With their faces and upper torsos painted in bright colours to resemble the supernatural beings and demons of Balinese imagination, the boys of Tegelalang are difficult to ignore as they partake in Ngerebeg.
And that is exactly the point. Held every six months in the village situated ten kilometres north of Ubud, the ritual sees hundreds of the youngsters parading through the village, screaming at the top of their lungs.
The boys, aged between three and 15, have to be loud, bright and proud: they are trying to attract the attention of local spirits, in order to pacify them.
The tradition has its roots in feudal times, when a local ruler, Dalem Made Tjokorda Ketut Segara, first organised Ngerebeg as a way to protect the village from natural disasters. To do this, the villagers must enlist the assistance of supernatural beings, known as wong samar, which means ‘invisible people who reside on the riverbanks’.
Locals believe that at least 288 different kinds of wong samar live along Tegelalang’s river, which is why they always prepare 288 meal offerings at any major religious festival – to placate these otherworldly creatures.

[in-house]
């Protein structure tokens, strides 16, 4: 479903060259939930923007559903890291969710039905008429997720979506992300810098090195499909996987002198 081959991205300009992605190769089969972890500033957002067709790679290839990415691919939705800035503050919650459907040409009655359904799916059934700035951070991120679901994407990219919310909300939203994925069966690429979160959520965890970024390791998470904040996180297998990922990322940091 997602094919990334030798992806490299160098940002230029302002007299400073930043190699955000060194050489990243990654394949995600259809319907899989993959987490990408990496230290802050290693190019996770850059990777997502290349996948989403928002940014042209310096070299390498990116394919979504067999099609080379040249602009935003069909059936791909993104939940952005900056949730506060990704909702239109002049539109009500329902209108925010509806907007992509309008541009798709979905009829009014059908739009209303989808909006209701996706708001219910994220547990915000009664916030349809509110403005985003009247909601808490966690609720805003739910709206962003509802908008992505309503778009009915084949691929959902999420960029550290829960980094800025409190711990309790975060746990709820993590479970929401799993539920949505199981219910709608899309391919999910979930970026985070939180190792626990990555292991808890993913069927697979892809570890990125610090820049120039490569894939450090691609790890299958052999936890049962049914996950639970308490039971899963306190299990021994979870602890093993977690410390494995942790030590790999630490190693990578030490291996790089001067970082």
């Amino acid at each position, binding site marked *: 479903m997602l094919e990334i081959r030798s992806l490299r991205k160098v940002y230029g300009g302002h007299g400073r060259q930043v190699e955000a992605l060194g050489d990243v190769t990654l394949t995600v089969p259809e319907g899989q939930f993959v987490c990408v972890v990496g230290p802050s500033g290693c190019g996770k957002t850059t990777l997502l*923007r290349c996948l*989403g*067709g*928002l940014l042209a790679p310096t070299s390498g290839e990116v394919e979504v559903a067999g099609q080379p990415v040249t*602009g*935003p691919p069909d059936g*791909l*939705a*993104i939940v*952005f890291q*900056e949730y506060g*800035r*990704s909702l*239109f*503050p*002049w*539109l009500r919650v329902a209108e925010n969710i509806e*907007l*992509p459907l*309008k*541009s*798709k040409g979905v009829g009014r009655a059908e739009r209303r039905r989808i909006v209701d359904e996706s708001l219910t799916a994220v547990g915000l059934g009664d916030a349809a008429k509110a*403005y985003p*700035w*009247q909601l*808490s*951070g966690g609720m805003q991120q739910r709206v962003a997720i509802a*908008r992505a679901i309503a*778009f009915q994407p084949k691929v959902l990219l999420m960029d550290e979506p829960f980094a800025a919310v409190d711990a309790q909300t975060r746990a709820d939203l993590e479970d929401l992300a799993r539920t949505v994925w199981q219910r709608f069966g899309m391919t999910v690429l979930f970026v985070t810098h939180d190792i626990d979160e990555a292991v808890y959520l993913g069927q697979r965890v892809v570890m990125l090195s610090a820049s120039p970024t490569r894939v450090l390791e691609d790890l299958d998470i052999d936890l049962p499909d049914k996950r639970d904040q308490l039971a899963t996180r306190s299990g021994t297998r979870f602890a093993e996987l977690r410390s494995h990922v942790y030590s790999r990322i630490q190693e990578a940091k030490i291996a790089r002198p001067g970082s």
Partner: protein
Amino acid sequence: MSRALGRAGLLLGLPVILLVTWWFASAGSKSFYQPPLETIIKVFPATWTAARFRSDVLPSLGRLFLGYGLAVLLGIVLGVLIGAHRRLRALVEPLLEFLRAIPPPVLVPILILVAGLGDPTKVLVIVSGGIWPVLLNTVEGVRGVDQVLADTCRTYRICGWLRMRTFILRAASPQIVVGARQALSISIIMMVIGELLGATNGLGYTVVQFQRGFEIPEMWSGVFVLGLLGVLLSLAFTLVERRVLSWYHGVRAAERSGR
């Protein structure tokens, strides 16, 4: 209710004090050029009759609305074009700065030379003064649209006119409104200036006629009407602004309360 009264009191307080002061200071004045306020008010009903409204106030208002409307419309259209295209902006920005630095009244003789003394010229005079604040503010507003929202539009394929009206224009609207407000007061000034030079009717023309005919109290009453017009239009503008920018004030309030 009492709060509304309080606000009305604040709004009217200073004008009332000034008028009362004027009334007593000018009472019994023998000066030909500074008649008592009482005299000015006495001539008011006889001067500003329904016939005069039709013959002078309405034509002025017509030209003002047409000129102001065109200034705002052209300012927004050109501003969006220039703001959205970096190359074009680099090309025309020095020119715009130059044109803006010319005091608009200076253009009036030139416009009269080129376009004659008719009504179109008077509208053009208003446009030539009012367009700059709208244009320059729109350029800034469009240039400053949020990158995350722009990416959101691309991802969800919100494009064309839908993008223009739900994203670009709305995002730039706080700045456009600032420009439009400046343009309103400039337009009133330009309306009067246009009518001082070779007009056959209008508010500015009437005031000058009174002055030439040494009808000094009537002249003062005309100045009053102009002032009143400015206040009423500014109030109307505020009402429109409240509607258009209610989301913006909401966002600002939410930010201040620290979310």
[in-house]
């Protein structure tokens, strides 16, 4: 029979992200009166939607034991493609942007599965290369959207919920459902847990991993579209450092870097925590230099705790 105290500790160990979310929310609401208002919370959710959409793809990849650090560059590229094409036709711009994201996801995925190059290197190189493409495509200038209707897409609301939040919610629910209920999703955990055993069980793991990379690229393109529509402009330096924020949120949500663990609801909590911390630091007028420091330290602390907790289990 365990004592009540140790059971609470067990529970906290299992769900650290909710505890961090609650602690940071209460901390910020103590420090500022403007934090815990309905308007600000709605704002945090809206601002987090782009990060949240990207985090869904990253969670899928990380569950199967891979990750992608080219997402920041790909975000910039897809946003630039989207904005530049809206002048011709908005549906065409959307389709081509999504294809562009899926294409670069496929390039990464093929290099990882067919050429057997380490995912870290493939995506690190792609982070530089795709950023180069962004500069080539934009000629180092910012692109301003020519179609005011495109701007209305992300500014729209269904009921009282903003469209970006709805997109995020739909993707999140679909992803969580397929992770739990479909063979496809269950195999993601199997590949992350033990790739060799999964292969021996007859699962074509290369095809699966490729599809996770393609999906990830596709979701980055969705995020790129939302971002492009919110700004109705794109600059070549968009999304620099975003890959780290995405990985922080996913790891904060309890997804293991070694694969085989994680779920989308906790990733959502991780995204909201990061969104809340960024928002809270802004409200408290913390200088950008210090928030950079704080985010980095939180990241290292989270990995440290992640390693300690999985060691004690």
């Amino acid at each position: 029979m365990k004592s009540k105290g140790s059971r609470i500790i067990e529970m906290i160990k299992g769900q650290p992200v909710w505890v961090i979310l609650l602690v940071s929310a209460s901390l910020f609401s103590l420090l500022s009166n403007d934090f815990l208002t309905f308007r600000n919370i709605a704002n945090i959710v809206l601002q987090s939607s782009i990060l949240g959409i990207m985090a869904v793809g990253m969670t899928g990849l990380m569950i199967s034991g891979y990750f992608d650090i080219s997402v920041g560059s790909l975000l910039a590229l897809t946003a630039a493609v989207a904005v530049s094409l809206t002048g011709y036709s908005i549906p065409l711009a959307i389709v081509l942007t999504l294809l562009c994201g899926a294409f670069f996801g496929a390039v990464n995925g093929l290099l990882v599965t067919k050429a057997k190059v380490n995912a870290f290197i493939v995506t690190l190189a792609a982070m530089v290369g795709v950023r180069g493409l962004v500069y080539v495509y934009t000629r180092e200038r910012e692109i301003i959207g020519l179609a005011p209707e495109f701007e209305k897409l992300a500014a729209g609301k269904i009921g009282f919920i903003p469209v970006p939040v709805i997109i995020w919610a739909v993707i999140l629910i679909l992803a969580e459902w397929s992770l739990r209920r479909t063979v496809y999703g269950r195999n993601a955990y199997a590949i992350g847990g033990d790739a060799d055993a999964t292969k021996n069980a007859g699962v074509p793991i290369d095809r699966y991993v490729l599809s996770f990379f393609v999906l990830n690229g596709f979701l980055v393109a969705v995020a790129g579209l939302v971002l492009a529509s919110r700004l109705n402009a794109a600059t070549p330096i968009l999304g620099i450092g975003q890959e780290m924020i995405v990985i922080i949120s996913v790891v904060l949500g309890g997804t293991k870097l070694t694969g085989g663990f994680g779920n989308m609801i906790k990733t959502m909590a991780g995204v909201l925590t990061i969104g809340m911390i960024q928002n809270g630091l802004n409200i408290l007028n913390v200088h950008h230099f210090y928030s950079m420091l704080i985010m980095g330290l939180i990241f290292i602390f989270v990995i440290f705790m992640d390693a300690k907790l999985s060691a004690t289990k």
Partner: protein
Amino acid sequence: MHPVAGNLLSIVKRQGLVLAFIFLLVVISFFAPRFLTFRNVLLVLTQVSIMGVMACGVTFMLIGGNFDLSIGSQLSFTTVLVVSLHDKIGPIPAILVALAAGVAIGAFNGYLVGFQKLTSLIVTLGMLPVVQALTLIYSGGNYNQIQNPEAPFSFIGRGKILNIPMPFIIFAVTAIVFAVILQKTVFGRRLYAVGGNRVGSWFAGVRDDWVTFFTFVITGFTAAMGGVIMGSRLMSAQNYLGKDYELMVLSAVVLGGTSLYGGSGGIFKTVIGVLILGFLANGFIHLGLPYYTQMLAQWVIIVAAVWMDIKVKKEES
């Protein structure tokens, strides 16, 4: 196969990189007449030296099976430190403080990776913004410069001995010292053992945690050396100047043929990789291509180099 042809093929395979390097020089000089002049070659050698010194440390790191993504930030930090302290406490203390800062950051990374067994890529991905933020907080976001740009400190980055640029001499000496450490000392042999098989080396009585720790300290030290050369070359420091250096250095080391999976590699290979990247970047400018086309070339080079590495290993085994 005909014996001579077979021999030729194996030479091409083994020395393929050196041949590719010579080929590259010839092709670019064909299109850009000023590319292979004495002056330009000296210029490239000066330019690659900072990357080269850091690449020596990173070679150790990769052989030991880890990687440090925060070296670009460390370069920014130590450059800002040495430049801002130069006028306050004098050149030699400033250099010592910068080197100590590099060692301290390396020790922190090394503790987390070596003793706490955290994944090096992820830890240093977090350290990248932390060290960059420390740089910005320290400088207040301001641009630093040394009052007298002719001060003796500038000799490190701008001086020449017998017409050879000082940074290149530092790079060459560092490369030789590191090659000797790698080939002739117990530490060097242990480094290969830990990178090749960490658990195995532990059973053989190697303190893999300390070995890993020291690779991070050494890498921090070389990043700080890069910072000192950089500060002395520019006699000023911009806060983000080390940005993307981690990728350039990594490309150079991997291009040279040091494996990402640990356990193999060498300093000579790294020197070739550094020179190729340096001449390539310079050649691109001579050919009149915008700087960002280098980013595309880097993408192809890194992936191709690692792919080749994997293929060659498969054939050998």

This particular ritual is the pinnacle of a temple festival that begins with boys from several nearby villages, and their families, gathering at Duur Bingin temple for communal prayers. Once the rites come to an end, the parade begins.
Starting around midday, the participants – all of whom are adorned in eye-popping colours or with menacing face paint – march around the village for several hours.
Each young boy brings a bamboo stick or palm branch that is decorated with coconut leaves, which symbolises a weapon and produces noise when shaken, while a beleganjur band pumps out popular Balinese music.
Along the route, thousands of villagers line the road to watch the vibrant procession pass by, supplying drinking water to the participants.
Once it ends, the boys race each other to the village’s springs, where they bathe to wash away their body paint, returning to their human selves.